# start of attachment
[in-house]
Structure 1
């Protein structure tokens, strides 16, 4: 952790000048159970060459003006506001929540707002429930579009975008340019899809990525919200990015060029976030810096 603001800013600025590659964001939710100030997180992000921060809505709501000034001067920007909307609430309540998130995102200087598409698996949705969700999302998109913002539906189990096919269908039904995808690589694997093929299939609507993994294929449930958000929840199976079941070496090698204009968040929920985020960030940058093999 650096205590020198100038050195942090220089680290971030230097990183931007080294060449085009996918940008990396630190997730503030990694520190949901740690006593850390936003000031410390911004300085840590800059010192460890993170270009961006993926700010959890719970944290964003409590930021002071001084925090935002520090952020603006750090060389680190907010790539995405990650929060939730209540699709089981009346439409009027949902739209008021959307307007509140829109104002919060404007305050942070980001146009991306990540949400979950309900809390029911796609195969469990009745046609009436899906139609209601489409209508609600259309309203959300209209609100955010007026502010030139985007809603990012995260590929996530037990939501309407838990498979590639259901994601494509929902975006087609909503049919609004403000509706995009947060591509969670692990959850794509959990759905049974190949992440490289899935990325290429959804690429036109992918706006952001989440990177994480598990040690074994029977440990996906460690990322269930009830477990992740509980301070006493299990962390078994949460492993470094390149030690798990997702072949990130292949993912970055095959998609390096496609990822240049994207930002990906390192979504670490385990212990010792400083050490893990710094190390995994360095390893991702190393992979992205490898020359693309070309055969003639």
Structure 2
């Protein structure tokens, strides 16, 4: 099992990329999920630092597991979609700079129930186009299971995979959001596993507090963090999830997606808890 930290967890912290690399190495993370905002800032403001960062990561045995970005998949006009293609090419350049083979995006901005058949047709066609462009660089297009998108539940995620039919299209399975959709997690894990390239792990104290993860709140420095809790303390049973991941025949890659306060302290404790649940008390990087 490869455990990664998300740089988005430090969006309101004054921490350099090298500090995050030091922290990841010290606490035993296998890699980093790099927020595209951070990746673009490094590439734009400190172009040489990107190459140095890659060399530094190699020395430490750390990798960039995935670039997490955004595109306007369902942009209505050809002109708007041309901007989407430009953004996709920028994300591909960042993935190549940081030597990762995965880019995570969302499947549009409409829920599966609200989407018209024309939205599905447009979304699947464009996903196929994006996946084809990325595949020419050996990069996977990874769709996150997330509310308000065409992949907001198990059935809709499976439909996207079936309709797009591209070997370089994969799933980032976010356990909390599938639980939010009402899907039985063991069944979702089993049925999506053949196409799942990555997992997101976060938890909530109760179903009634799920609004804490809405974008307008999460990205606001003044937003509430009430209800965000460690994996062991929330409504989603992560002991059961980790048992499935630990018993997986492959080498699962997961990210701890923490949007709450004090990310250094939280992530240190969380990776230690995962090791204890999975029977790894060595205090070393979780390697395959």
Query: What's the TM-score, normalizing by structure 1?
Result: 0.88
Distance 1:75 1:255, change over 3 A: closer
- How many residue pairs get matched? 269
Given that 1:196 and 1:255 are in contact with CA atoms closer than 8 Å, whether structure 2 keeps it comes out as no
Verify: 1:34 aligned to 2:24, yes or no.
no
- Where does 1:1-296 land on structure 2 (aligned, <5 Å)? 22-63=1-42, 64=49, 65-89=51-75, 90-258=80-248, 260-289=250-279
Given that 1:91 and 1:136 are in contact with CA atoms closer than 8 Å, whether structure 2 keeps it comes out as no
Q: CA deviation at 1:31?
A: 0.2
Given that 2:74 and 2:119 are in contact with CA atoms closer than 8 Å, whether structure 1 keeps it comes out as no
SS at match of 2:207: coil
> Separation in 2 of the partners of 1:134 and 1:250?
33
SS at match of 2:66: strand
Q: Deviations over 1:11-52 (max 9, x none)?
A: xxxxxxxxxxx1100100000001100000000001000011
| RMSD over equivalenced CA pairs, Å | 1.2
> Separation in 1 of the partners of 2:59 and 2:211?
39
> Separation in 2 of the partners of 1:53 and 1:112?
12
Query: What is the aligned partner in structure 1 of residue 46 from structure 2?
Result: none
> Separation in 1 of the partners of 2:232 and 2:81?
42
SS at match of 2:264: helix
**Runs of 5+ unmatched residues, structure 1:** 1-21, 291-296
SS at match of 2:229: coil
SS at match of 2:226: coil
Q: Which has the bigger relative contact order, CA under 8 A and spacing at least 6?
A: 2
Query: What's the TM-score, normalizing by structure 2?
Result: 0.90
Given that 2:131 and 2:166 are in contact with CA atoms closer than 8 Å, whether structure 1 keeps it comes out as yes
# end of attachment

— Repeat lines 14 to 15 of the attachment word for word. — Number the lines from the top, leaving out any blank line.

Given that 1:91 and 1:136 are in contact with CA atoms closer than 8 Å, whether structure 2 keeps it comes out as no
Q: CA deviation at 1:31?